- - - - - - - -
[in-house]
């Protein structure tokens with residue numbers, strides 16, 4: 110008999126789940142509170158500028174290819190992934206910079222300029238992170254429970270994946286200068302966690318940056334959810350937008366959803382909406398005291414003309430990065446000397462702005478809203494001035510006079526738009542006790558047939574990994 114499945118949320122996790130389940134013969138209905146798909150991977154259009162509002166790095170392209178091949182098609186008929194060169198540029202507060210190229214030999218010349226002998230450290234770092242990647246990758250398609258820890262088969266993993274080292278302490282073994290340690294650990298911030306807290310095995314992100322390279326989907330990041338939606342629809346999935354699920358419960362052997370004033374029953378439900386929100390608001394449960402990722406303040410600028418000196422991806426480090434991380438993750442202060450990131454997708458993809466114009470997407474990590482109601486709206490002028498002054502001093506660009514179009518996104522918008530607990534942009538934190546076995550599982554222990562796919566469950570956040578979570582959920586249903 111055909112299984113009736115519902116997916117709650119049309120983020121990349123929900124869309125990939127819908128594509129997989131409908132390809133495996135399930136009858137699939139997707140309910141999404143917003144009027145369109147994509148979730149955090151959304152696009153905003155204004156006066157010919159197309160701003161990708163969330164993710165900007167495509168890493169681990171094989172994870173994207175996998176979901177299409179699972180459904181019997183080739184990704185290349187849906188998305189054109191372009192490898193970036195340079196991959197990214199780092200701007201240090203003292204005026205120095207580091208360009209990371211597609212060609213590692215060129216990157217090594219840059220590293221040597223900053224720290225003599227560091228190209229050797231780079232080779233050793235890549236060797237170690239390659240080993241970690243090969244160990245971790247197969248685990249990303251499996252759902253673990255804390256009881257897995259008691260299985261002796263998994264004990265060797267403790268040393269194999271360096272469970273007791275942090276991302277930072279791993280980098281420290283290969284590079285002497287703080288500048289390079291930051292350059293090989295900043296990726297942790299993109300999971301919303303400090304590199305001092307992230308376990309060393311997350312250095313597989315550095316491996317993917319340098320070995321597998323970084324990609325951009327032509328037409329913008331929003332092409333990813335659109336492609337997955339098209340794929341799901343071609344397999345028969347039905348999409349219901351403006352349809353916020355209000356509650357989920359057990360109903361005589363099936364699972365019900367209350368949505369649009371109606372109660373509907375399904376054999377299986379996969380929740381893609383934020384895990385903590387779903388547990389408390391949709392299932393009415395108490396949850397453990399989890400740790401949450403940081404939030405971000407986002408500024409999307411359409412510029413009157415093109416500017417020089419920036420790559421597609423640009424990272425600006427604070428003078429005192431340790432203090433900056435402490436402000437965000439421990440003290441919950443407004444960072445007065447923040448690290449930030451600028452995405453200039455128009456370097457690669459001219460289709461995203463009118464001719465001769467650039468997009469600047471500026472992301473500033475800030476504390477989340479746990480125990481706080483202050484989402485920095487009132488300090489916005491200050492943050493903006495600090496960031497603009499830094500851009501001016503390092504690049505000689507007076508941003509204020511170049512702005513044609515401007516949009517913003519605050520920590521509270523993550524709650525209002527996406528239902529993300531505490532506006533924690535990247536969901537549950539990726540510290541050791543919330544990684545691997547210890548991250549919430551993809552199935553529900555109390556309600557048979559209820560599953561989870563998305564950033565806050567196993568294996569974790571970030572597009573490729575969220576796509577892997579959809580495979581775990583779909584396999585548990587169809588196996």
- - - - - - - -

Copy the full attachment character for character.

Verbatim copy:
[in-house]
């Protein structure tokens with residue numbers, strides 16, 4: 110008999126789940142509170158500028174290819190992934206910079222300029238992170254429970270994946286200068302966690318940056334959810350937008366959803382909406398005291414003309430990065446000397462702005478809203494001035510006079526738009542006790558047939574990994 114499945118949320122996790130389940134013969138209905146798909150991977154259009162509002166790095170392209178091949182098609186008929194060169198540029202507060210190229214030999218010349226002998230450290234770092242990647246990758250398609258820890262088969266993993274080292278302490282073994290340690294650990298911030306807290310095995314992100322390279326989907330990041338939606342629809346999935354699920358419960362052997370004033374029953378439900386929100390608001394449960402990722406303040410600028418000196422991806426480090434991380438993750442202060450990131454997708458993809466114009470997407474990590482109601486709206490002028498002054502001093506660009514179009518996104522918008530607990534942009538934190546076995550599982554222990562796919566469950570956040578979570582959920586249903 111055909112299984113009736115519902116997916117709650119049309120983020121990349123929900124869309125990939127819908128594509129997989131409908132390809133495996135399930136009858137699939139997707140309910141999404143917003144009027145369109147994509148979730149955090151959304152696009153905003155204004156006066157010919159197309160701003161990708163969330164993710165900007167495509168890493169681990171094989172994870173994207175996998176979901177299409179699972180459904181019997183080739184990704185290349187849906188998305189054109191372009192490898193970036195340079196991959197990214199780092200701007201240090203003292204005026205120095207580091208360009209990371211597609212060609213590692215060129216990157217090594219840059220590293221040597223900053224720290225003599227560091228190209229050797231780079232080779233050793235890549236060797237170690239390659240080993241970690243090969244160990245971790247197969248685990249990303251499996252759902253673990255804390256009881257897995259008691260299985261002796263998994264004990265060797267403790268040393269194999271360096272469970273007791275942090276991302277930072279791993280980098281420290283290969284590079285002497287703080288500048289390079291930051292350059293090989295900043296990726297942790299993109300999971301919303303400090304590199305001092307992230308376990309060393311997350312250095313597989315550095316491996317993917319340098320070995321597998323970084324990609325951009327032509328037409329913008331929003332092409333990813335659109336492609337997955339098209340794929341799901343071609344397999345028969347039905348999409349219901351403006352349809353916020355209000356509650357989920359057990360109903361005589363099936364699972365019900367209350368949505369649009371109606372109660373509907375399904376054999377299986379996969380929740381893609383934020384895990385903590387779903388547990389408390391949709392299932393009415395108490396949850397453990399989890400740790401949450403940081404939030405971000407986002408500024409999307411359409412510029413009157415093109416500017417020089419920036420790559421597609423640009424990272425600006427604070428003078429005192431340790432203090433900056435402490436402000437965000439421990440003290441919950443407004444960072445007065447923040448690290449930030451600028452995405453200039455128009456370097457690669459001219460289709461995203463009118464001719465001769467650039468997009469600047471500026472992301473500033475800030476504390477989340479746990480125990481706080483202050484989402485920095487009132488300090489916005491200050492943050493903006495600090496960031497603009499830094500851009501001016503390092504690049505000689507007076508941003509204020511170049512702005513044609515401007516949009517913003519605050520920590521509270523993550524709650525209002527996406528239902529993300531505490532506006533924690535990247536969901537549950539990726540510290541050791543919330544990684545691997547210890548991250549919430551993809552199935553529900555109390556309600557048979559209820560599953561989870563998305564950033565806050567196993568294996569974790571970030572597009573490729575969220576796509577892997579959809580495979581775990583779909584396999585548990587169809588196996």